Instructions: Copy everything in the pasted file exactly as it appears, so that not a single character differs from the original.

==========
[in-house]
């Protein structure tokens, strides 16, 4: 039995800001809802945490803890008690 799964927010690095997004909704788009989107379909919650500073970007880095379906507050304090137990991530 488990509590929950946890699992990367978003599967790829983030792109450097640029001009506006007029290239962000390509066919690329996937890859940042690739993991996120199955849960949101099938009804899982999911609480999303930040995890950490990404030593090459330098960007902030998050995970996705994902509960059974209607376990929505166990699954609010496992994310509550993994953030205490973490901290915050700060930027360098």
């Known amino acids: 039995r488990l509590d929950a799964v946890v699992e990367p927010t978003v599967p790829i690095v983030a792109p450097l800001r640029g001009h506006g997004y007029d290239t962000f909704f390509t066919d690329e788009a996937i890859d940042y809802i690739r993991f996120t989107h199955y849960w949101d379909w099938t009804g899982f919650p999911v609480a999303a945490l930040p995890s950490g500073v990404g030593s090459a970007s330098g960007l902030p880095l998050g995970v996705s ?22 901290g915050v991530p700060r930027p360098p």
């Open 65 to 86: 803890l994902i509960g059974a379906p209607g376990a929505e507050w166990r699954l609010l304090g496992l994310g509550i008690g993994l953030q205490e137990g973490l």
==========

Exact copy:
[in-house]
């Protein structure tokens, strides 16, 4: 039995800001809802945490803890008690 799964927010690095997004909704788009989107379909919650500073970007880095379906507050304090137990991530 488990509590929950946890699992990367978003599967790829983030792109450097640029001009506006007029290239962000390509066919690329996937890859940042690739993991996120199955849960949101099938009804899982999911609480999303930040995890950490990404030593090459330098960007902030998050995970996705994902509960059974209607376990929505166990699954609010496992994310509550993994953030205490973490901290915050700060930027360098």
């Known amino acids: 039995r488990l509590d929950a799964v946890v699992e990367p927010t978003v599967p790829i690095v983030a792109p450097l800001r640029g001009h506006g997004y007029d290239t962000f909704f390509t066919d690329e788009a996937i890859d940042y809802i690739r993991f996120t989107h199955y849960w949101d379909w099938t009804g899982f919650p999911v609480a999303a945490l930040p995890s950490g500073v990404g030593s090459a970007s330098g960007l902030p880095l998050g995970v996705s ?22 901290g915050v991530p700060r930027p360098p």
């Open 65 to 86: 803890l994902i509960g059974a379906p209607g376990a929505e507050w166990r699954l609010l304090g496992l994310g509550i008690g993994l953030q205490e137990g973490l």